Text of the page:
The Treasury Secretary issued a clarification after a comment sent stocks reeling.
Earlier in the week, Treasury Secretary Janet Yellen spoke about the current state of the US economy at an event hosted by The Atlantic. When the topic of the Federal Reserve and interest rates came up, she expressed concerns about an increase in interest rates.
“It may be that interest rates will have to rise somewhat to make sure that our economy doesn’t overheat,” Yellen said.
While a seemingly innocuous comment, Yellen’s authority in the economy means that many investors tend to take her words at face value. Her expressed concerns prompted a massive selloff on Tuesday, especially in stocks that could potentially be vulnerable to an interest rate hike such as tech. After this occurred, Yellen made a follow-up statement at The Wall Street Journal’s CEO Council Summit to clarify what she meant.
“I don’t think there’s going to be an inflationary problem, but if there is, the Fed can be counted on to address [it],” Yellen said.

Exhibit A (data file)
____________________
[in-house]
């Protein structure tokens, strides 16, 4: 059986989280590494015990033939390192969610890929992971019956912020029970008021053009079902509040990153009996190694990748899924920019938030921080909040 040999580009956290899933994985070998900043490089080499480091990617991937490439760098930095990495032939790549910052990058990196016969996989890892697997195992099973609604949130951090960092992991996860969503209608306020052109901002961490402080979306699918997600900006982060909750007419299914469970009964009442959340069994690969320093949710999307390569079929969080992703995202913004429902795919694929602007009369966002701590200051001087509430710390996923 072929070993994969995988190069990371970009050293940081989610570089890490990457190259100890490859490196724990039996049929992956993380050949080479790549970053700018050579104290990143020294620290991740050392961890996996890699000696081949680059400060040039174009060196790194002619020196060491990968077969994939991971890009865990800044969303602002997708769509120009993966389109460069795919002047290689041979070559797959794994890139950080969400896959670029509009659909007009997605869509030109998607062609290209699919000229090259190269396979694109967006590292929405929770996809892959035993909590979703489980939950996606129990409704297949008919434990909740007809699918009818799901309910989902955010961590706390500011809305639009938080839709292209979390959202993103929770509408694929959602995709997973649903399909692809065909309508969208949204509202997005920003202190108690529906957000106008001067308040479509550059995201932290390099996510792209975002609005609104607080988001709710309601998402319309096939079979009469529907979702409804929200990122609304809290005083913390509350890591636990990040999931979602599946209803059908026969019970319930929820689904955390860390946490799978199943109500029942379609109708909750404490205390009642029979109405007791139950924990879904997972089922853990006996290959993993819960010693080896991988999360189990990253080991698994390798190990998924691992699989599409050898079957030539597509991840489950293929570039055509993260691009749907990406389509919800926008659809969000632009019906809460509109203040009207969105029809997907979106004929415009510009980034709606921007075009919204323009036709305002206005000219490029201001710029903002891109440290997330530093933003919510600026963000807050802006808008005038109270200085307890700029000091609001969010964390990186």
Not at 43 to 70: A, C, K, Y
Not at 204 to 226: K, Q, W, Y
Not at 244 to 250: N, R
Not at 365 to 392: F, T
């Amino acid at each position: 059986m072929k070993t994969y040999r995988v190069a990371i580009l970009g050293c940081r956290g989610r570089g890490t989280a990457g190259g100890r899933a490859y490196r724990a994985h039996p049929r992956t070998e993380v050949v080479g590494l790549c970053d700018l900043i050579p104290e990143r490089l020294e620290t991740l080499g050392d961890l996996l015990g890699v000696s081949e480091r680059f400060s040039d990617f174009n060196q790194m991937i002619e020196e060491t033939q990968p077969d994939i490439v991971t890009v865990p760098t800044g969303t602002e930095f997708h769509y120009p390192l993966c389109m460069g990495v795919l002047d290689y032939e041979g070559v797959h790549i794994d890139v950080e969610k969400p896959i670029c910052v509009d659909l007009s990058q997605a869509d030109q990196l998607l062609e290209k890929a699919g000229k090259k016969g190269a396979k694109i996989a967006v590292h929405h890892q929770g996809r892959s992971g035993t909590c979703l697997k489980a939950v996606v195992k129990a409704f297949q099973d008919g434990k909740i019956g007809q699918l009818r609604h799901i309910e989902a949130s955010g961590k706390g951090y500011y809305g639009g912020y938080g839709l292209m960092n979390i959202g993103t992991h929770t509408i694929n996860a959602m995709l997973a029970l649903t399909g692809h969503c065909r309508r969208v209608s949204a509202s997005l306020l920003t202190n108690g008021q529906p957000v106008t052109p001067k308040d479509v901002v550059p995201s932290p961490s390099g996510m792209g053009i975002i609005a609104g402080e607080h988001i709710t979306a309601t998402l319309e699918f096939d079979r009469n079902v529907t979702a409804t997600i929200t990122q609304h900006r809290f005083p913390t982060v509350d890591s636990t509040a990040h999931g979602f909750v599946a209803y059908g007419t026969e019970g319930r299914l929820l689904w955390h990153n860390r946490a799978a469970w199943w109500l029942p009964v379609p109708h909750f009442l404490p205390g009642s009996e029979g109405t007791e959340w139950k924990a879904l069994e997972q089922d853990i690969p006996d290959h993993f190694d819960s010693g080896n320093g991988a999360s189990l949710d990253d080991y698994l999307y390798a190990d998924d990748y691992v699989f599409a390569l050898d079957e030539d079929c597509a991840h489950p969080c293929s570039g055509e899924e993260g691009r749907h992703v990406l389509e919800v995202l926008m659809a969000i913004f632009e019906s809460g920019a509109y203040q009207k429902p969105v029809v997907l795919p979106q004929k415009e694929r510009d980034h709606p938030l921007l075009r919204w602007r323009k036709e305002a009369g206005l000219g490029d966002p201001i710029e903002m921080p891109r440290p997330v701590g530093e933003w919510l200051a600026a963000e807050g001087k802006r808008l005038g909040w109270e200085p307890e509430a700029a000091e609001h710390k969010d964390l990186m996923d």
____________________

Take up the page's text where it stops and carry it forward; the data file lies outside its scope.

Treasury Secretary Janet Yellen said bigger government spending could at some point mean higher interest rates to stem any overheating https://t.co/cUM3h4CS3i
— Bloomberg Markets (@markets) May 4, 2021
The market has since evened out, leaving analysts to speculate on the weight of Yellen’s comments and the likely future the Federal Reserve will face once the economy returns to normal from the pandemic.
“Markets were unhappy at this statement of the blindingly obvious,” said Paul Donovan, chief economist of UBS Global Wealth Management. “Rates will clearly rise in the future.”
“The question is not whether there will be some inflation this year, but whether it will represent ‘overheating’ of the economy as a whole,” J. Bradford DeLong, a professor of economics at the University of California at Berkeley, wrote in a column.